In a future where a failed global-warming experiment kills off most life on the planet, a class system evolves aboard the Snowpiercer, a train that travels around the globe via a perpetual-motion engine.For my Sunday collapse-and-decline-related entertainment entry, I feature "Snowpiercer," which my wife and I watched yesterday. We quite enjoyed it. The movie explores most of the themes I examine here--climate, sustainability, population, food, technology, and inequality. It also warns that sometimes the cure can be worse than the disease.
As for a more thorough review, I don't have one of my own. However, I ran across a very complete one in the first part of Books So Bad They're Good: Objectifying the Apocalypse by Ellid on Daily Kos last week. Warning--spoilers ahoy!
Recently I saw a movie about a train.That sets up part two, in which Ellid descended from the sublime to the ridiculous. Stay tuned.
I almost didn’t see it at all – it never played at the Heck Piazza Dodecaplex, and advertising has been all but non-existent – but through some miracle it turned out to be playing at Ye Teeny-Weeny Art House Ultra-Organic Miniature Cineplex in the very same town where I work. On-line friends had seen it and raved, The critics had raved, my roommate saw it at a matinee and raved, and since I trust Roomie’s judgment about film, I resolved to do likewise.
The bright pink list of film times and dates from Ye Teeny-Weeny Art House Ultra-Organic Miniature Cineplex that Roomie left on my desk helped immensely with scheduling, let me tell you.
I went on Tuesday night and frankly didn't expect a big crowd to join me; the critics might be doing back flips worthy of Nadia Comeneci over this particular film, but the box office had been weak, even allowing for it being booked exclusively in teeny weeny organic miniature cinemas instead of the local equivalent of the Heck Piazza Dodecaplex. Much to my surprise, the theater was packed, even the horrid seats right up against the screen where you have to tilt your head back to see anything other than the actors’ nose hairs. Clearly I wasn’t the only one who’d heard good things about this particular cinematic achievement and braved lack of publicity, lack of wide release, and lack of stadium seating and Surroundsound.
Despite the good reviews and the good word of mouth, I was still a bit nervous as the previews ended, the lights lowered, and the film began. This was, by all accounts, something of a departure from my usual preference for science fiction, historical drama, and action: grim, dark, and bloody, it was a dystopian fable with a high body count if the reviews were to be believed. Brilliantly written and directed, beautifully shot, and expertly acted, yes, but still much, much darker and more serious than my usual choice. Add in that the film had what might be termed a problematic back story – based on a twenty year old French graphic novel, it was filmed on a tiny budget in Prague with a multinational cast and a South Korean director who barely spoke English, then ran into distribution problems that nearly kept it from being released in the United States at all – and I think I can be forgiven for wondering whether this would turn out to be a quirky cinematic disaster.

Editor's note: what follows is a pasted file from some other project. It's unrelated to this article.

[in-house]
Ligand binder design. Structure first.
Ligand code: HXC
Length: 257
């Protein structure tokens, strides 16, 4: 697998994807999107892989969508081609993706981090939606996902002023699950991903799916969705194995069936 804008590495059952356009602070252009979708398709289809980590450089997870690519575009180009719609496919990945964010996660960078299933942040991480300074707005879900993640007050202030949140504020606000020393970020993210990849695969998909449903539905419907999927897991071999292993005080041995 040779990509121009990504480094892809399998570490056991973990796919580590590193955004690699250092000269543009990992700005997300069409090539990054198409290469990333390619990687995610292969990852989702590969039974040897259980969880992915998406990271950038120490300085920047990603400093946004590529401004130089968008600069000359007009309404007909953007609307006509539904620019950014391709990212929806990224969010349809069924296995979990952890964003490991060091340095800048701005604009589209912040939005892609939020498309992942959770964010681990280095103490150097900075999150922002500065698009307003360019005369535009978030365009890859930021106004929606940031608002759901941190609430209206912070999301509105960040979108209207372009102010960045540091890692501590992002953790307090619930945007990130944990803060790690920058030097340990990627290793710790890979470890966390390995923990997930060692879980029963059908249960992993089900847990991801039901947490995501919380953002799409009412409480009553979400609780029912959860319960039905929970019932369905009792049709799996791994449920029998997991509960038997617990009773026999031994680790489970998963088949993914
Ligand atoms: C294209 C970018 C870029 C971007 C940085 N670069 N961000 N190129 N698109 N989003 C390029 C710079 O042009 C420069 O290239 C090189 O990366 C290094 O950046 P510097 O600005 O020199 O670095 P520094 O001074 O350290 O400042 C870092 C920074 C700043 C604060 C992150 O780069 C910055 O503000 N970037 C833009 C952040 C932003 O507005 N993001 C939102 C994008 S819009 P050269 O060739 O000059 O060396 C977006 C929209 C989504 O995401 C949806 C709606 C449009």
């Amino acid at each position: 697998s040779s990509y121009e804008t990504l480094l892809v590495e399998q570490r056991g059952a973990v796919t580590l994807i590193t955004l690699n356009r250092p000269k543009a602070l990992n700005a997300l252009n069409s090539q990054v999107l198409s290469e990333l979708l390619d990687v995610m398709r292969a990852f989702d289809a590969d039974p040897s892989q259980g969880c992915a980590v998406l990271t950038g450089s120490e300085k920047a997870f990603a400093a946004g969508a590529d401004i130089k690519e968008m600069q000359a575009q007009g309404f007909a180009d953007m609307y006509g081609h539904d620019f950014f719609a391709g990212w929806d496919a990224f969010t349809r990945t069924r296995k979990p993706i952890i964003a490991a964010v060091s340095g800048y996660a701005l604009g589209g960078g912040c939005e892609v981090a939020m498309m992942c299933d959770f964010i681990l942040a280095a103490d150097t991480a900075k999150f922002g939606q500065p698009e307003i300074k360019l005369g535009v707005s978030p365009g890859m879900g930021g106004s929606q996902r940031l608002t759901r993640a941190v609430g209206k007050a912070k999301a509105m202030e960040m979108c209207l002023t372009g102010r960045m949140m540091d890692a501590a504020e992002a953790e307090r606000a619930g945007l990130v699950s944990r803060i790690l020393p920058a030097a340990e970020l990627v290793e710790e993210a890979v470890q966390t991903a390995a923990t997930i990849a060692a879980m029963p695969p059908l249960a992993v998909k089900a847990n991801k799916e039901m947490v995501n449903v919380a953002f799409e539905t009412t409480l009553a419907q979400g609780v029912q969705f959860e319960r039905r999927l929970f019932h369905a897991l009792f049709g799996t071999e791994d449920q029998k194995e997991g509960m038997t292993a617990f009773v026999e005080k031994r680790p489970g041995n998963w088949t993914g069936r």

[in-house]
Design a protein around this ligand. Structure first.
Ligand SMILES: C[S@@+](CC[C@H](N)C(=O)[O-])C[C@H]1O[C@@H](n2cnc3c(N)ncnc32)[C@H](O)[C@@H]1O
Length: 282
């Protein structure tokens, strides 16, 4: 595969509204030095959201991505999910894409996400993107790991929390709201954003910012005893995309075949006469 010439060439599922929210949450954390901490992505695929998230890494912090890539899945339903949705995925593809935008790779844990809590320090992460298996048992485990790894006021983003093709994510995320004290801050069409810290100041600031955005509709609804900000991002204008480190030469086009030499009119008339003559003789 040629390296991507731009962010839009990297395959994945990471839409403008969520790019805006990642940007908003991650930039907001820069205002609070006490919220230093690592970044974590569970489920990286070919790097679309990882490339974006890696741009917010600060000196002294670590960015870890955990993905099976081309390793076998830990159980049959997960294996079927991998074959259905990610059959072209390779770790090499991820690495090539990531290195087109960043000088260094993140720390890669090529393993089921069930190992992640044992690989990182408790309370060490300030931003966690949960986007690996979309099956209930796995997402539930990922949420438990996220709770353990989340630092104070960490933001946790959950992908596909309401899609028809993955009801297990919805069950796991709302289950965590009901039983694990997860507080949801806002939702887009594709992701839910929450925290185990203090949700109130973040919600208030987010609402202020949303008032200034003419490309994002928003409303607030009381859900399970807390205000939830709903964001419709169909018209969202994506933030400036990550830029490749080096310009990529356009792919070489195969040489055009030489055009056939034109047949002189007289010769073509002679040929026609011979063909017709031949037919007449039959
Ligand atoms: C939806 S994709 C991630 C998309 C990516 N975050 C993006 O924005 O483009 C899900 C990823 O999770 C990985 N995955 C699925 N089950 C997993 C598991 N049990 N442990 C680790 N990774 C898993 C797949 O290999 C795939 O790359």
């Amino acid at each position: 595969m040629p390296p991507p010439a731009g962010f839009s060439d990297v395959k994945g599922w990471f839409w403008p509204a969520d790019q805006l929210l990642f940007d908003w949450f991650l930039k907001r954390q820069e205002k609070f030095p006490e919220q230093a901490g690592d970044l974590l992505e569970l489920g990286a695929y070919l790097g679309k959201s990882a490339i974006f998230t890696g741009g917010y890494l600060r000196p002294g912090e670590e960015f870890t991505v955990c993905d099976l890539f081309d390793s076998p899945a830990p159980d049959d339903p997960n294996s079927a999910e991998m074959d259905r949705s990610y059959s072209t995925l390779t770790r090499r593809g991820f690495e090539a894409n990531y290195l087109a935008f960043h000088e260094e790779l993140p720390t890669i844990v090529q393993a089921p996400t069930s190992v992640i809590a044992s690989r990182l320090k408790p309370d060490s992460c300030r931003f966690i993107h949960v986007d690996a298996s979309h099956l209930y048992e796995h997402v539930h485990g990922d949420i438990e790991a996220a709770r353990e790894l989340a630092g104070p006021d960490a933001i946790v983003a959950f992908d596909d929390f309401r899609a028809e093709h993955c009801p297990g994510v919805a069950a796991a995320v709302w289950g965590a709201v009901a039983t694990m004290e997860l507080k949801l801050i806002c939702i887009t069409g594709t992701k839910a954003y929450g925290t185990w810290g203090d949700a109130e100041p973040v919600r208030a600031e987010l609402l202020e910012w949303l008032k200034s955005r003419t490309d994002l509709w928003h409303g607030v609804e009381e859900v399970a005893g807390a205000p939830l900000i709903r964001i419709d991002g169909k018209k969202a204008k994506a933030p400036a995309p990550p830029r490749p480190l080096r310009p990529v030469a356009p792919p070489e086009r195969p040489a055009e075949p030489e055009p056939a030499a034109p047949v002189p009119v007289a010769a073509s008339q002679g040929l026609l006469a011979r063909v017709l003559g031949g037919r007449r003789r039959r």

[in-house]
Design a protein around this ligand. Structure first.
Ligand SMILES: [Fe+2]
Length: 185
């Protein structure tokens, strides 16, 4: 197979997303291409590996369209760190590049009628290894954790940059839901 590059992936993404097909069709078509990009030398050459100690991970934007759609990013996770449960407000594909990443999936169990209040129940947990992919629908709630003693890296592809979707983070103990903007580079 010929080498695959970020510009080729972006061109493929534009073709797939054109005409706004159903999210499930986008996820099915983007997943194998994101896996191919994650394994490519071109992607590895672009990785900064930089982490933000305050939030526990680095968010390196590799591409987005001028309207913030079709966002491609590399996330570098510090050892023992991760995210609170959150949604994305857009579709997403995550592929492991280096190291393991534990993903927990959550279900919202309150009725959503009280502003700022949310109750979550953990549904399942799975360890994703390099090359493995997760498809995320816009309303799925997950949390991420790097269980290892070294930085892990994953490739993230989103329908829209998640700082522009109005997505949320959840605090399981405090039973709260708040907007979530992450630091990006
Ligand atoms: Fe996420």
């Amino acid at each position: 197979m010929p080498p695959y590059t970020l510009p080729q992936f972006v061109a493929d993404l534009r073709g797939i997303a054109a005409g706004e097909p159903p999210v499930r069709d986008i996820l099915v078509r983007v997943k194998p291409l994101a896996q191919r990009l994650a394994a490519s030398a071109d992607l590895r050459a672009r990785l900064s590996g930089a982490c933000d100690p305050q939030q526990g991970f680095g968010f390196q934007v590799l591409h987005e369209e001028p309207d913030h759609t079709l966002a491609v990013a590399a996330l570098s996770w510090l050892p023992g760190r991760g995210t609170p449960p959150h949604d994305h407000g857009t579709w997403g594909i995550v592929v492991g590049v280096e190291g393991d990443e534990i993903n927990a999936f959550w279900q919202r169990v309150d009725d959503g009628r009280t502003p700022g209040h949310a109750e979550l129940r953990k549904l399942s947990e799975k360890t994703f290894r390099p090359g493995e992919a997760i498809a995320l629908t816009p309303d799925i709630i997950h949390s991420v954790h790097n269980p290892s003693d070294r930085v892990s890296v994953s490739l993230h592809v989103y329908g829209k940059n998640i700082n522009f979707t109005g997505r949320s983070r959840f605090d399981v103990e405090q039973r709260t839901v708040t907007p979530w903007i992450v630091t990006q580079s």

I was wrong.
So, so, so wrong.
The movie is called Snowpiercer, and not only is it the best movie of the year, it may well be the best movie of the century.
The story is simple: after an attempt at reversing global warming goes horribly wrong, the remnants of humanity have crammed onto a luxury train, the Snowpiercer, that travels the globe once a year on a circuitous route cobbled together from major rail systems. A handful of first-class passengers near the front of the train live a life of decadent ease and comfort, while everyone else lives in horrific squalor in the last few cars. Seventeen years into the Snowpiercer’s perpetual journey, the people at the back of the train have had enough of filth, starvation, and ill treatment. When the second in command, Minister Mason (the brilliant Tilda Swinton), seizes two children from the rear car for “medical tests,” it’s time for the revolution.
The rest of the film is story of that revolution, as Gilliam (John Hurt, stoic and secretive) and his protégé Curtis (Chris Evans, filthy and haunted) lead a band of desperate proles toward the front of the train. Along the way they have to engage in horrific battles, encounter an increasingly bizarre series of luxurious train cars that range from a beauty salon to an orangery to a sushi bar, and learn each other’s secrets, both good and bad. By the time Curtis and the last two survivors (Kang-ho Song and Ah-sung Ko) reach the engine and the final revelations unfold, not a single plot twist, character, or event turns out to be what it seemed.